9 Simple Steps to Increase Traffic from Pinterest and Gain More Followers

9 Simple Steps to Increase Your Traffic from Pinterest and Gain More Followers

9 simple steps to increase your traffic from Pinterest and gain more followersWhile blogging about blogging—very meta!—isn’t usually my thing, over the past few months I have been able to learn and capitalize on the power of Pinterest for bloggers, and I can’t help but spread the wealth about how to increase traffic from Pinterest and gain more followers.

Right now almost 70 percent of the traffic to this site comes from pinners, despite the fact that my Pinterest following is still (relatively) small (though it did grow 160% in a matter of weeks, as a direct result of these steps!).

What’s more, I’ve discovered that traffic from Pinterest is far more consistent than that of other social media outlets—a major draw for bloggers who are frustrated by, say, changing Facebook algorithms (ahem). 

The best part is that the steps I’ve been following aren’t complicated; they don’t require you to be a web developer or graphic designer. They just require a willingness to be smart and intentional about your pinning strategy (or to have a strategy in the first place!).

Shutterfly Photo Books 728x90

9 Simple Steps to Increase Your Traffic from Pinterest and Gain More Followers

 1. Be picky about your pins.

Obviously the visual is king on Pinterest. If your boards are filled with eye-catching, visually attractive, and useful pins, you’re more likely to attract new followers.

The opposite is also true: It doesn’t matter how delicious the recipe title sounds or how great the parenting advice seems—if it’s been photographed in poor light or is accompanied by a super blurry image, skip it. People won’t follow you if your pins aren’t pretty.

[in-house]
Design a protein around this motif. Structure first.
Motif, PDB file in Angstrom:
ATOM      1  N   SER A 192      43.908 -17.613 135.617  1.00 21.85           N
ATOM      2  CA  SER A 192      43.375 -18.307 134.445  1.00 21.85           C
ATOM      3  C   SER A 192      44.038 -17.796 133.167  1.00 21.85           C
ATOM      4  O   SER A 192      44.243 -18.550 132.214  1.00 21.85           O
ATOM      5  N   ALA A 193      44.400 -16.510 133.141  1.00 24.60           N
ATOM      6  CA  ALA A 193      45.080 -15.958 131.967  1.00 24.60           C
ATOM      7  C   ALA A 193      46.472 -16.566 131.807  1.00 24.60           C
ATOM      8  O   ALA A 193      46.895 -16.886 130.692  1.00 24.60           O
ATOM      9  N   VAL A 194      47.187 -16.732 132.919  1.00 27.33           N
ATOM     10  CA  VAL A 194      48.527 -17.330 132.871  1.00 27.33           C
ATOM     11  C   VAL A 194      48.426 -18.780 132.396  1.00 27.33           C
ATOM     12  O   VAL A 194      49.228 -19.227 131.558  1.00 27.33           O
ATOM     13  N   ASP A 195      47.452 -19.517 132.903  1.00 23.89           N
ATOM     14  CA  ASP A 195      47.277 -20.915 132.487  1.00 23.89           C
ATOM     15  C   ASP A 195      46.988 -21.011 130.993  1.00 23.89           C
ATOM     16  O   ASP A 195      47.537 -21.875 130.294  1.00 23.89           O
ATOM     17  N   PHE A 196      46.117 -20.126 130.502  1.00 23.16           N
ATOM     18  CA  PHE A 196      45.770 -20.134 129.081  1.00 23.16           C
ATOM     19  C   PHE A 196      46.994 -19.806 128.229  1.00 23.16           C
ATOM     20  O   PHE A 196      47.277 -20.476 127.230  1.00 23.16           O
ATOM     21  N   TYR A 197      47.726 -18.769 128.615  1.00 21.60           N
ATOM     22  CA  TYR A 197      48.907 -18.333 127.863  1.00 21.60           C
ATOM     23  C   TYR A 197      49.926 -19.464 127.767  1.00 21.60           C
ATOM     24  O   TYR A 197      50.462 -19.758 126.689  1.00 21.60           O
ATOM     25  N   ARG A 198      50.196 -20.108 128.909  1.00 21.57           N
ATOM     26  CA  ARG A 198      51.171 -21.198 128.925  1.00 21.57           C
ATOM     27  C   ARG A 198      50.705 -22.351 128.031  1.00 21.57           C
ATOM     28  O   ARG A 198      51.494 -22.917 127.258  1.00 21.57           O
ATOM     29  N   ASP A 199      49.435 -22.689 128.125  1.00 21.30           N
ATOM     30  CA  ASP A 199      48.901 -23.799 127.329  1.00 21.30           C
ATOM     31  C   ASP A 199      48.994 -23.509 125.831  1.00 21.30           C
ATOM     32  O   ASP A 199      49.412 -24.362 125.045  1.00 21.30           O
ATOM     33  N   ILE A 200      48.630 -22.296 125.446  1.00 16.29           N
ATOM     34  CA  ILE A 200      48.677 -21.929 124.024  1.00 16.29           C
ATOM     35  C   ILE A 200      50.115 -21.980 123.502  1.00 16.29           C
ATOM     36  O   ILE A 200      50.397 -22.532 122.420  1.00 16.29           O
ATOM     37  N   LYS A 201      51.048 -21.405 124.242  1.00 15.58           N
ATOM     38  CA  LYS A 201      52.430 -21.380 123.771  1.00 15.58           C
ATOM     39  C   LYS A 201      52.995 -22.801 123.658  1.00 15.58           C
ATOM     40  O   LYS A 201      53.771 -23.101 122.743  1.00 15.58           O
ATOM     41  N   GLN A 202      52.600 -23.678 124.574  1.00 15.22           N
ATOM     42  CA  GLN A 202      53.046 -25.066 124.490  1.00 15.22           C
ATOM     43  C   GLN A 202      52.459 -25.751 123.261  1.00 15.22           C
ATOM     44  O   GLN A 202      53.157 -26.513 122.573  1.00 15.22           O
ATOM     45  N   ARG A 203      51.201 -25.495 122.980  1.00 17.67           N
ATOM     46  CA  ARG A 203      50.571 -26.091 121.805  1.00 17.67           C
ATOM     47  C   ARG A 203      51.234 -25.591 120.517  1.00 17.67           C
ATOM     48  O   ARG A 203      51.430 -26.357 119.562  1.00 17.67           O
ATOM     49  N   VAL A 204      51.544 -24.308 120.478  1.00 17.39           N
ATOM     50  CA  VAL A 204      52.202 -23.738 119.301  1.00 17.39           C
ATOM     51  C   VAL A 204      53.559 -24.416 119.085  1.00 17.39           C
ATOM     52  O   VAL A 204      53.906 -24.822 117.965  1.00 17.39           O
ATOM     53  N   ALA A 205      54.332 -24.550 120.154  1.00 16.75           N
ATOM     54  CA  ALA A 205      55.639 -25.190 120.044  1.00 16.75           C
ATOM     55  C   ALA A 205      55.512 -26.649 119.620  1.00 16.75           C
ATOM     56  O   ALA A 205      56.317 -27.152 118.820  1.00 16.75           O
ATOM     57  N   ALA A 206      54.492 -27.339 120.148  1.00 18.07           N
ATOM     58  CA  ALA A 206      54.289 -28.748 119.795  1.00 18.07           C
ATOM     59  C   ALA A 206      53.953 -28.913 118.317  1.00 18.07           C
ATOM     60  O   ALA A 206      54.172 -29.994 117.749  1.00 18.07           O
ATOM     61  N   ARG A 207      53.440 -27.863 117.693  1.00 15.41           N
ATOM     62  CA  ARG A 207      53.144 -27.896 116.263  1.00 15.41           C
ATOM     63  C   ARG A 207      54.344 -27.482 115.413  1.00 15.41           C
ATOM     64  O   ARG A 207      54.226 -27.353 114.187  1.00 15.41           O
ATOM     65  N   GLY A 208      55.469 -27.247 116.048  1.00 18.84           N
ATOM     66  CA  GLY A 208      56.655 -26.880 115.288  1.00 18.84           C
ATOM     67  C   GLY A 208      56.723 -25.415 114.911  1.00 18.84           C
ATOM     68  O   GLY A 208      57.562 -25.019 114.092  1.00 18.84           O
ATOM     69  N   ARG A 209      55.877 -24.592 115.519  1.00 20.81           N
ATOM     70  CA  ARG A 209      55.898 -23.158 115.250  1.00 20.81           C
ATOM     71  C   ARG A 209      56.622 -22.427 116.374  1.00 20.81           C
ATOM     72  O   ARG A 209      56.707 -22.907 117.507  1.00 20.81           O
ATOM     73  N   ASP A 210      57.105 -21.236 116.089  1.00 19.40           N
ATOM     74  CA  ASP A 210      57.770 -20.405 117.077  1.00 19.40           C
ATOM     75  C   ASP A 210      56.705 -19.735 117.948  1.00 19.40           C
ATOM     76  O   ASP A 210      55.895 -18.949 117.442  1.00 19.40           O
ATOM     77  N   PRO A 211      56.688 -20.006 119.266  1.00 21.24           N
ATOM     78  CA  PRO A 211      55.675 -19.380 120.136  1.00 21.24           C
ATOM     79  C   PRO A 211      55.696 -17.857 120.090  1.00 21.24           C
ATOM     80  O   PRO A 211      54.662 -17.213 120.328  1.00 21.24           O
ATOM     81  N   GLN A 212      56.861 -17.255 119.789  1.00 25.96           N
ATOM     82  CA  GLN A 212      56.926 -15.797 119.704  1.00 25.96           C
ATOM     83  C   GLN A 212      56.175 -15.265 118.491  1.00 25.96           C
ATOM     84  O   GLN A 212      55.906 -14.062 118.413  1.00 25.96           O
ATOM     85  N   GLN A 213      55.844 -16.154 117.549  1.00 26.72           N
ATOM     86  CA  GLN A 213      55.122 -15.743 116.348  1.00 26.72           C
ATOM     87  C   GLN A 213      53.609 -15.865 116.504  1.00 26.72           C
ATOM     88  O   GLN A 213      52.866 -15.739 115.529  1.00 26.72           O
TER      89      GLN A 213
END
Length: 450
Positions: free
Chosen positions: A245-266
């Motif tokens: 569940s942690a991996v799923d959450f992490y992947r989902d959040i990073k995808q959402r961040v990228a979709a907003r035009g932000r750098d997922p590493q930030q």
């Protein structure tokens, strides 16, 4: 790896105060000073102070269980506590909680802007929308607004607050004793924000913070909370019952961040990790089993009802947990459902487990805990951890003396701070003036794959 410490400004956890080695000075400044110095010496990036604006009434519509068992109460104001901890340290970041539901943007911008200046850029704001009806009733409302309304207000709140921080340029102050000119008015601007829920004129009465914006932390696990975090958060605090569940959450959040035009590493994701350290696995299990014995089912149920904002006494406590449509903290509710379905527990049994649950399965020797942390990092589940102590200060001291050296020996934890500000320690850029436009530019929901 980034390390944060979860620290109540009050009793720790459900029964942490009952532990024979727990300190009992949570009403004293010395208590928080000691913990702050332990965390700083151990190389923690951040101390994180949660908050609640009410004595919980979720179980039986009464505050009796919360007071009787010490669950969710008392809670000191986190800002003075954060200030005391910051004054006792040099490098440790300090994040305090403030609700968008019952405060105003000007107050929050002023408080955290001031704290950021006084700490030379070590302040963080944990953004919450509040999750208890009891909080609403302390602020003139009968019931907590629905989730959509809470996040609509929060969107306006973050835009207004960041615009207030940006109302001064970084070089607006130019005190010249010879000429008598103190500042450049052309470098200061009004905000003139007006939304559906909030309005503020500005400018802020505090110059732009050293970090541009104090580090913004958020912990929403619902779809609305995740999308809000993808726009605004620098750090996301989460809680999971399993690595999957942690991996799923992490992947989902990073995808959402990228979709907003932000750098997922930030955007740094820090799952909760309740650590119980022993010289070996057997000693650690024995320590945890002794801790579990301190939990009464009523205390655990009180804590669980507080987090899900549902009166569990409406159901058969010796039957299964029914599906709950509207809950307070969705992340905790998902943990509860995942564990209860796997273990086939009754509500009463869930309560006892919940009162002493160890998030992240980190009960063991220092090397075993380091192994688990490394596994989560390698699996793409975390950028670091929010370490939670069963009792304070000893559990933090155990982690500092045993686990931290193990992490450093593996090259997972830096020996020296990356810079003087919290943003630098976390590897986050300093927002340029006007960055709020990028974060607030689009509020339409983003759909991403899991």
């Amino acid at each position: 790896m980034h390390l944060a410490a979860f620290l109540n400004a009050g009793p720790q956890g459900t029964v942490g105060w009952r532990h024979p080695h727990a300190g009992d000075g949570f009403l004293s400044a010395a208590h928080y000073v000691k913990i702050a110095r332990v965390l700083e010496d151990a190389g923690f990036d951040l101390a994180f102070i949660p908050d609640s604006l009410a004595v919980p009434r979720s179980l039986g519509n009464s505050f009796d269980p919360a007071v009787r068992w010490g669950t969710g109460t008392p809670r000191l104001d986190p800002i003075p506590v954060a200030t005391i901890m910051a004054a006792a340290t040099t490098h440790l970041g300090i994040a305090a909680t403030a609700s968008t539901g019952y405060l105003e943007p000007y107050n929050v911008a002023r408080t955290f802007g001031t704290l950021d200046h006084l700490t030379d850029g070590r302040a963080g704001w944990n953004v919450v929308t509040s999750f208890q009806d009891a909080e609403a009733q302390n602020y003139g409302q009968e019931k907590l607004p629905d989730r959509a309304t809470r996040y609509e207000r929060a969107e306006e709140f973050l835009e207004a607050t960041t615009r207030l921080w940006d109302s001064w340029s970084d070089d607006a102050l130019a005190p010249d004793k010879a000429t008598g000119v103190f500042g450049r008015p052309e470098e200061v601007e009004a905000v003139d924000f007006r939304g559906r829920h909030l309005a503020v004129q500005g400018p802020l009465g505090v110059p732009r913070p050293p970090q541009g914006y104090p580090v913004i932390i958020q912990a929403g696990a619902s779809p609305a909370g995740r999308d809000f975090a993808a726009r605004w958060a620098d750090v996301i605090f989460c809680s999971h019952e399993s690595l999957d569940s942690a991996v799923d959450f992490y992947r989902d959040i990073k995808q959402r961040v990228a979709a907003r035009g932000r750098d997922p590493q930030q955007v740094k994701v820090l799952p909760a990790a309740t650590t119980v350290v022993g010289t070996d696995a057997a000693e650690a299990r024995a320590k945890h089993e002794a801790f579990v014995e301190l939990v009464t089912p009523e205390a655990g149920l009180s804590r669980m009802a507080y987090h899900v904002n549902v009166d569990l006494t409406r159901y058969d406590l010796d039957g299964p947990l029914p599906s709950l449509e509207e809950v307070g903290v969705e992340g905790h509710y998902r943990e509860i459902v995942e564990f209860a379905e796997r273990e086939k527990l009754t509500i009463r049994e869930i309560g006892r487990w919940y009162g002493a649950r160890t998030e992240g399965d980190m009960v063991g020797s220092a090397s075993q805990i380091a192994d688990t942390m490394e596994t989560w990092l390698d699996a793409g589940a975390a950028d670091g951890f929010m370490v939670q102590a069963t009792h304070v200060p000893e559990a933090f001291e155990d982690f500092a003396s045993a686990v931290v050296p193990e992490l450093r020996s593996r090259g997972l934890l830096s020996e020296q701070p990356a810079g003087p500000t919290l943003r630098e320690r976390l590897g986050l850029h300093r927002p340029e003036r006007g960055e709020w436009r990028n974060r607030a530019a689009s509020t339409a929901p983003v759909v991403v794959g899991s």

Oh, and this goes without saying, but pinning spam or broken links won’t make you friends either!

2. Optimize images for Pinterest.

Is it annoying that the ideal image for Facebook is horizontal, while the ideal image for Pinterest is vertical? Why yes, it is. Throw into the mix the fact that lots of blog themes, including mine, are designed for square images, and you’ve got yourself a bit of a frustration!

I’ve found, however, that taking just a few extra minutes to make a Pinterest-optimized (read: long and tall) image makes a world of difference in driving traffic to your site. Using PicMonkey I can make two different versions pretty quickly. 

Here’s an example of the square image that appears on my post 20 One-Line Affirmations for Moms:

One-Line Affirmations for Moms

And here’s the Pinterest-optimized version that I upload to Pinterest manually:

One-Line Affirmations for Moms

3. Give pinners a reason to click over.

Certainly you’ve heard the advice to spend as much time writing your headline as you do your article. That’s because today’s internet consumers are flooded by so much information that they need a really good reason to read your words instead of someone else’s.

Your headline needs to leave them wanting more, and so should your Pinterest image and description. Don’t give it all away; give away just enough to entice (without misleading, of course!).

Here’s an example of an image I use to draw pinners over to my review of Get the Behavior You Want…Without Being the Parent You Hate.

Review of Get the Behavior You Want...Without Being the Parent You Hate

4. Learn from the best.

Being successful on Pinterest, just like any other social media network, is a marketing skill, and one that you can acquire.

Of course there are tons of articles and blog posts about winning and pinning (kind of like this one!), but none of them can compare to receiving up-to-date lessons, step-by-step instructions, and personalized feedback from someone who knows this game backwards and forwards—someone like Anna Luther.

I affectionately call Anna of My Life and Kids the Queen of Pinterest, a title she has most definitely earned. I got to work with her in August when I took the 2-week Pinning Perfect course she teaches through Blog Clarity, and it was an absolute gem.

Just during the two weeks of the class, while I was in the midst of implementing her tips and strategies, I saw my number of followers double and my traffic skyrocket—not just for a day but for every day since then!